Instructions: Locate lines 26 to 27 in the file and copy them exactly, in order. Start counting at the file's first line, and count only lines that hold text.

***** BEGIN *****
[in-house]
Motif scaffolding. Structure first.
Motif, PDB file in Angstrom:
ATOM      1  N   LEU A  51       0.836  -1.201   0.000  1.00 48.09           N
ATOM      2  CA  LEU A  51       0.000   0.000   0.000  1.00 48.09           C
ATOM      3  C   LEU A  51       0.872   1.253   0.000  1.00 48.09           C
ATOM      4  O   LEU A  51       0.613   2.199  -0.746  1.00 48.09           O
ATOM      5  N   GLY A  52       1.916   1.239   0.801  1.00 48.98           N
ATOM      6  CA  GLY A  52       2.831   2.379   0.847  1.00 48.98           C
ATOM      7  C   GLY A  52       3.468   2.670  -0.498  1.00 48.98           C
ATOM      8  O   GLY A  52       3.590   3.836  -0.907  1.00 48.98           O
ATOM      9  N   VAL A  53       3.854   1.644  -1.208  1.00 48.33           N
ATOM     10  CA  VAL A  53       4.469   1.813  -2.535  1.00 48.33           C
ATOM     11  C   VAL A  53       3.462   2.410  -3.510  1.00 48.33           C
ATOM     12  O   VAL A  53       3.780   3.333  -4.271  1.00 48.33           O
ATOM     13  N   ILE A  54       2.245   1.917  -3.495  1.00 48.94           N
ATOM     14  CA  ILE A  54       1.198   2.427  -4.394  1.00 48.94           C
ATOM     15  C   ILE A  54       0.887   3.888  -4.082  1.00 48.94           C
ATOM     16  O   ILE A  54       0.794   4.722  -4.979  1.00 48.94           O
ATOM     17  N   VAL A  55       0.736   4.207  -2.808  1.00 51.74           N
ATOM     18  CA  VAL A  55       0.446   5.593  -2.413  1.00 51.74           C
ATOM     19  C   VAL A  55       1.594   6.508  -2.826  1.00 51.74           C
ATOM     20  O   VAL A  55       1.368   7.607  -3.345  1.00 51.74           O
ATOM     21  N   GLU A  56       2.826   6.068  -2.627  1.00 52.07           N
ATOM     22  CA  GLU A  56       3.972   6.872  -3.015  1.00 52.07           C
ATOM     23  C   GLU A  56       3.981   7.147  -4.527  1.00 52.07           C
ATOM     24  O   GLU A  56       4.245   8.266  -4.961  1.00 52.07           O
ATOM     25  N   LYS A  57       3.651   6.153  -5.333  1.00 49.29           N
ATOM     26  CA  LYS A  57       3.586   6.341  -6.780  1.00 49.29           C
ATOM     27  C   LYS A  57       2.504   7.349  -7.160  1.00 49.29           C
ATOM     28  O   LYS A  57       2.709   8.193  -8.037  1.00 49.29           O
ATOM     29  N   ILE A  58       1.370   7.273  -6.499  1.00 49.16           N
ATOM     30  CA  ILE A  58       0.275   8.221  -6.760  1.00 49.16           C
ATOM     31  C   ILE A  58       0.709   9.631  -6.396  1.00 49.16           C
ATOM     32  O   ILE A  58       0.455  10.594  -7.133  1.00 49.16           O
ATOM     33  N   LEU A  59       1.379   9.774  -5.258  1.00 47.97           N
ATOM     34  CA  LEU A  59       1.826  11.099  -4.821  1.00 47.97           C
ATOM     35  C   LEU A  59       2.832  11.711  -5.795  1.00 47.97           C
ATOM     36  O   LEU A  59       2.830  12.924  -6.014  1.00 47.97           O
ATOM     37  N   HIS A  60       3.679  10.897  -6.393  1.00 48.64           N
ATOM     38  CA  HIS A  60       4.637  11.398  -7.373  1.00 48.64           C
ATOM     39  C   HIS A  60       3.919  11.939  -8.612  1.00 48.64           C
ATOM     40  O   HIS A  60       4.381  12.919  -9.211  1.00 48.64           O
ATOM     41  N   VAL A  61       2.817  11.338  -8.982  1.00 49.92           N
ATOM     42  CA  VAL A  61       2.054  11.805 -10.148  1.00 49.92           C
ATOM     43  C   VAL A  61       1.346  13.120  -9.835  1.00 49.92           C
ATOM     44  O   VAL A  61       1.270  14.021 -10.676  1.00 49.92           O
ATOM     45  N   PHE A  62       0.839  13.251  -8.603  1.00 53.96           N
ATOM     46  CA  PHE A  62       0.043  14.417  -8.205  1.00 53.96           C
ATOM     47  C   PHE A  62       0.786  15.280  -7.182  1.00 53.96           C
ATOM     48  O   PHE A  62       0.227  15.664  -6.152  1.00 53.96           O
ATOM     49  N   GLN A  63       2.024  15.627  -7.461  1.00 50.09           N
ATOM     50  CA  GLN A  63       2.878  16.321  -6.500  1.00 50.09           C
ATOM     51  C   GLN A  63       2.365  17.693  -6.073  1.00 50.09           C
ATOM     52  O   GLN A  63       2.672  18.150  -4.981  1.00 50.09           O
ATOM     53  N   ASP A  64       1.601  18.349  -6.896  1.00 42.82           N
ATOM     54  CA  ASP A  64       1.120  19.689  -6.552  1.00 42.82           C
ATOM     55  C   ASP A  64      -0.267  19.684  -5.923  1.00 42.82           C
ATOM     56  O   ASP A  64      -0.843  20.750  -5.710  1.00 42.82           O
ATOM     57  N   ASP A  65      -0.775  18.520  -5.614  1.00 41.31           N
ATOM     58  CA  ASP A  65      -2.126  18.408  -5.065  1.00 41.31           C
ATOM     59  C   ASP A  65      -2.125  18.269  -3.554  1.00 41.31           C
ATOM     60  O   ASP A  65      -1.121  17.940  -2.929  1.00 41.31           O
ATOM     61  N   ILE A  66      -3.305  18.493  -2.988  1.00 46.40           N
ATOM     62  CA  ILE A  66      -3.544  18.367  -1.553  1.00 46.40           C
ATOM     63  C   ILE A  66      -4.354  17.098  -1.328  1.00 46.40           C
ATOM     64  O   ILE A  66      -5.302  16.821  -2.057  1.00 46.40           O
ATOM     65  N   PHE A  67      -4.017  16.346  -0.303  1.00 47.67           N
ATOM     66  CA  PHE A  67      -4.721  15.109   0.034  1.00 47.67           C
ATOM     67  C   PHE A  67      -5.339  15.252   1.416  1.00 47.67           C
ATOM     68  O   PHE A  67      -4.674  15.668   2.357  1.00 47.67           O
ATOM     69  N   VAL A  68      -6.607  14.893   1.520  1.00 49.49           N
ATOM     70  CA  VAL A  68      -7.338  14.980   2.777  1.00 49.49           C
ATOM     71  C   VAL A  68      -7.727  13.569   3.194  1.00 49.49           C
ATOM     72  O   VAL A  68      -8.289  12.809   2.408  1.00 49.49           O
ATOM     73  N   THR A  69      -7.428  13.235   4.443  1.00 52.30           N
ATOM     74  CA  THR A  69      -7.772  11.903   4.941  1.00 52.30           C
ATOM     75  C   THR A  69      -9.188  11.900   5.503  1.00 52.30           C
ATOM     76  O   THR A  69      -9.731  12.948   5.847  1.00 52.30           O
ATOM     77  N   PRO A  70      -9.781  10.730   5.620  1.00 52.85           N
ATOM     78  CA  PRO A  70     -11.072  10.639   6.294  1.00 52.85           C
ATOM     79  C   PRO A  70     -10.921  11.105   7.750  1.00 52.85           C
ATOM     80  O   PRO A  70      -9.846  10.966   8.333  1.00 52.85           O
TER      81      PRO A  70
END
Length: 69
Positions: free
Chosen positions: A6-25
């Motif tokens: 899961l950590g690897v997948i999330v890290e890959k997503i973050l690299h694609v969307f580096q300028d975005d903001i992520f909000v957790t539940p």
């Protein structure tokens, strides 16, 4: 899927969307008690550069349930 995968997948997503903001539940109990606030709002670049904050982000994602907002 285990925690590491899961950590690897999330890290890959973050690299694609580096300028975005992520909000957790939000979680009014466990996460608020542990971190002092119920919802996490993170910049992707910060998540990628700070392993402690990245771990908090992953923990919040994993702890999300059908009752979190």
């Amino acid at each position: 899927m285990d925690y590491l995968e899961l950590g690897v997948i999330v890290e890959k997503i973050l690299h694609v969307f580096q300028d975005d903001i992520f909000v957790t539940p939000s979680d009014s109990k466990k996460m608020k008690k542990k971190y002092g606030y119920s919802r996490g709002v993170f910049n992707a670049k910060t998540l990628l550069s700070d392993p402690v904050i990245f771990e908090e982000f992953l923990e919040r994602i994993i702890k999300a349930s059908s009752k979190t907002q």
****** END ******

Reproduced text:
ATOM     23  C   GLU A  56       3.981   7.147  -4.527  1.00 52.07           C
ATOM     24  O   GLU A  56       4.245   8.266  -4.961  1.00 52.07           O